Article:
Can I Get a Witness? They didn't have to look too far for one or two (or a couple of dozen) in the House and Senate Education Finance Divisions today to find a person willing to talk. The day began in the Senate Education Funding Division. After a short bill run-through, the attention turned to witnesses from various education interest groups providing their viewpoints on the bill. The Senate bill, as described yesterday, covers the waterfront in terms of initiatives. The centerpieces of the bill are the deferred maintenance program that will provide assistance to school districts throughout the state with on-going building repair needs, a $70 million increase in school readiness (more about that later), a 1% increase on the basic formula in each year, and $20 million in additional revenue to the alternative compensation (QComp) pool. If there is a criticism of the Senate bill is that it doesn't increase the general education formula at the level of inflation (and that is a valid criticism). But when your target is $350 million (a little more than half of the Governor's target of $694 million, you don't have a lot of leeway to put money on the formula if you are pursuing anything other than the formula. If the entire $350 million were put on the formula, it would amount to approximately 2%. In fairness to the Senate, they have matched the Governor's 1% on the formula (and, as stated above, the Governor proposed a much larger target that is largely devoted to universal school-based pre-kindergarten programs). The recurring theme in most of the testimony today was if the final budget target for education increases beyond the Senate's $350 million, that increment should be directed toward the per pupil formula, The other question that is hovering over the bill is the nature of the school readiness increase. Is this program more like the current school readiness program or the universal pre-kindergarten program proposed by the Governor? These and many other questions have yet to be answered.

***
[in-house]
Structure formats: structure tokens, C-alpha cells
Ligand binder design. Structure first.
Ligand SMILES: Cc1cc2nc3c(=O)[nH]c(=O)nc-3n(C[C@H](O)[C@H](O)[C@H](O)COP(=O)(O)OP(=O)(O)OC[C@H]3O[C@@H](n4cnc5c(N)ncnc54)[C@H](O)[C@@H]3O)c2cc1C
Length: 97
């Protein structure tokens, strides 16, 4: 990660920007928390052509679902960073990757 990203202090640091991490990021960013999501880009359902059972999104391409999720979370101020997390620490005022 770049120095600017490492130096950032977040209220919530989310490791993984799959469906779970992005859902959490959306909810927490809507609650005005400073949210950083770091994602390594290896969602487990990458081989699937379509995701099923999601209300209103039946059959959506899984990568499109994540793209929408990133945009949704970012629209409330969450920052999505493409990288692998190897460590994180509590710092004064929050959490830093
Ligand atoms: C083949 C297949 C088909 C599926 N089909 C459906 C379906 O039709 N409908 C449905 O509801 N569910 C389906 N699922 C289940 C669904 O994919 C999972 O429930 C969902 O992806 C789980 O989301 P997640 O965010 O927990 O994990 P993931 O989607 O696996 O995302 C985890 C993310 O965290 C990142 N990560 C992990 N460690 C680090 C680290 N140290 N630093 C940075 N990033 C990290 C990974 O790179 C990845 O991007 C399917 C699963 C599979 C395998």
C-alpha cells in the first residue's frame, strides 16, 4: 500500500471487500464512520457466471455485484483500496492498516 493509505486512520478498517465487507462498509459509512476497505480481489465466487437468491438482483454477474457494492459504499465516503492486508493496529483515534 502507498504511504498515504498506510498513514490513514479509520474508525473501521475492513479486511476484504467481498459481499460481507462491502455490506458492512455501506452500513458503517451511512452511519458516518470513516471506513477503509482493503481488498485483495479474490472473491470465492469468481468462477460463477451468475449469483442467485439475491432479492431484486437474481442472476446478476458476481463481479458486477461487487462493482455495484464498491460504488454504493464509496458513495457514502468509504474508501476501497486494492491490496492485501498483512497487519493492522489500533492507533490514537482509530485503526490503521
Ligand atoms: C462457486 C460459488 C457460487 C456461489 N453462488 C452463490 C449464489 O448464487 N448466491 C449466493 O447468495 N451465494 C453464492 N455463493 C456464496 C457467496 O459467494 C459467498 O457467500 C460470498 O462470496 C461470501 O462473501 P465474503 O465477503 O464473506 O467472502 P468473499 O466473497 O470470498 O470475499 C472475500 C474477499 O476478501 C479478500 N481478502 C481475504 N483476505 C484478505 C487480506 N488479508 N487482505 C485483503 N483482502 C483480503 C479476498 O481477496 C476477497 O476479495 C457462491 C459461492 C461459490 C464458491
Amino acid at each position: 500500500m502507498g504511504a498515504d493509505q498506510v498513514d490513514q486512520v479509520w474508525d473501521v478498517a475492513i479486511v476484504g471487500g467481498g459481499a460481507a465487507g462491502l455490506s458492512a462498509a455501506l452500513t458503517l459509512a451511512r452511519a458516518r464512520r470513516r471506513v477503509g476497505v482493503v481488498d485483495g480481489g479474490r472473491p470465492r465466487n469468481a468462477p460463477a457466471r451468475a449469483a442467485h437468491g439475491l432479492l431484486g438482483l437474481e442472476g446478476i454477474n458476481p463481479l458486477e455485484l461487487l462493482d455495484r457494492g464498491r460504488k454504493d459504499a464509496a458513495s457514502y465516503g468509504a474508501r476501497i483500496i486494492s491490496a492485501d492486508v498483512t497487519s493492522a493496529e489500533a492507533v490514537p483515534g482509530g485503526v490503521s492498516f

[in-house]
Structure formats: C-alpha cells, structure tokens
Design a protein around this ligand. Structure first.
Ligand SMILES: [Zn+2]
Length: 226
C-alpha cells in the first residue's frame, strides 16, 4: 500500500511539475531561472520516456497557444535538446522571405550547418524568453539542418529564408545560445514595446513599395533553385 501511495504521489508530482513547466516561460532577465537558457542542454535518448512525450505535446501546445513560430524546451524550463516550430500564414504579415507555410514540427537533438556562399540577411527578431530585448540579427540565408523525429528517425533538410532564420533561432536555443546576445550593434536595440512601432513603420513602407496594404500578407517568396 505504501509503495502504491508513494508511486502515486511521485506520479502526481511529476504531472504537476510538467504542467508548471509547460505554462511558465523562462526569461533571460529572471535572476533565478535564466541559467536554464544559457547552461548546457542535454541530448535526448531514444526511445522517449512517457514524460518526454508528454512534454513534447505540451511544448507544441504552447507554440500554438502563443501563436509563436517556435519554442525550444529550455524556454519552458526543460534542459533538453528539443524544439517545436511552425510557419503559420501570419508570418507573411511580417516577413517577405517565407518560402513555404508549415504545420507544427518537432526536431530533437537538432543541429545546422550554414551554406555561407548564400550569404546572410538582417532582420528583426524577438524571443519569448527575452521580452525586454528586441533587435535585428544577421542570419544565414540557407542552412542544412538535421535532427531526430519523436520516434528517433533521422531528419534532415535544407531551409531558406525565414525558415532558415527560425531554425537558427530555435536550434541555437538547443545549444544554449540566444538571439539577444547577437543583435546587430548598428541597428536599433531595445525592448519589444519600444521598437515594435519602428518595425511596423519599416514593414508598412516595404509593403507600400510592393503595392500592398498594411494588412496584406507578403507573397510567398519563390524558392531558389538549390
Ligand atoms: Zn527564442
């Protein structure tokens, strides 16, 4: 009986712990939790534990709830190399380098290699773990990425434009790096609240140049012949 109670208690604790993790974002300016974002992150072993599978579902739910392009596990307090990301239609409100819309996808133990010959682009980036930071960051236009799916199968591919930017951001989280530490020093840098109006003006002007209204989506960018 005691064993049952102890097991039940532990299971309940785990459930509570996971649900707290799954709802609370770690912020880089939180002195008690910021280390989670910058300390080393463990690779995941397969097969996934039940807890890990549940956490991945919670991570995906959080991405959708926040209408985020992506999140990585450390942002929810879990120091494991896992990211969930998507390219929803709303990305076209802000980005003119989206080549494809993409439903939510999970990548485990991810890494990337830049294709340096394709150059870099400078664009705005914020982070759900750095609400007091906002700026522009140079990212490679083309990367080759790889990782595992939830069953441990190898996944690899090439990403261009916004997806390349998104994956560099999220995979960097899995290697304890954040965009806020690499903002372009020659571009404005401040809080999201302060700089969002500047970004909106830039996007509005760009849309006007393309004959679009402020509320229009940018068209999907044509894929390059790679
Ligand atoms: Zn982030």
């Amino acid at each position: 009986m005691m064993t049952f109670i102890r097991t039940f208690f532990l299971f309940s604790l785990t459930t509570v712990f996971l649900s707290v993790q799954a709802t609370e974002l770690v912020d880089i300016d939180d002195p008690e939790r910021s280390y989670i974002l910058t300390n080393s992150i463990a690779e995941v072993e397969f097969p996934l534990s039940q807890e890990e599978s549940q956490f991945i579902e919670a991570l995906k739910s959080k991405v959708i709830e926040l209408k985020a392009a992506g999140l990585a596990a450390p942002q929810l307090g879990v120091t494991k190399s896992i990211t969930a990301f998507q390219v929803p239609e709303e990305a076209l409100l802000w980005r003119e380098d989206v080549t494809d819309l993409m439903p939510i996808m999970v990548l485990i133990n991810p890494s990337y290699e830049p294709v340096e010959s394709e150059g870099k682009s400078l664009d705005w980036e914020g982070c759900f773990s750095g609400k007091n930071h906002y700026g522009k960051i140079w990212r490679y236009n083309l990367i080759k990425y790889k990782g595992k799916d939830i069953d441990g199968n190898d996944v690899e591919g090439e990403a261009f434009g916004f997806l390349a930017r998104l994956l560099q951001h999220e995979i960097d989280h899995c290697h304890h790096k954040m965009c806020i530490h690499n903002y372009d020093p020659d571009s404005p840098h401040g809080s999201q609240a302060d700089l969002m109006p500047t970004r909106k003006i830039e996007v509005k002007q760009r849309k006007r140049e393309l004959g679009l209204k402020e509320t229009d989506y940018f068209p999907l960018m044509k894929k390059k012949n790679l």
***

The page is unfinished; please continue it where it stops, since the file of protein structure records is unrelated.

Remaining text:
The testimony in the House is a little tougher because there target is so low and what can you say about a low target? There are some interesting things in the House bill that will be helpful to SEE member districts. Non-metro districts will get a little revenue bump through a change in the equity formula and there's an equalization enhancement for districts with high levels of seasonal/recreational property. It is interesting to point out that the percentage of target devoted to the general education basic formula is higher for the House bill than it is for either the Governor's proposal and the Senate bill. Of course, that advantage becomes relatively meaningless given the fact that the House target is so low, but I think it does indicate that the House's top priority for funding is the basic formula.
Both divisions intend to amend their bills tomorrow and it will be interesting to see how many amendments are offered and the nature of these amendments. I will provide a report tomorrow.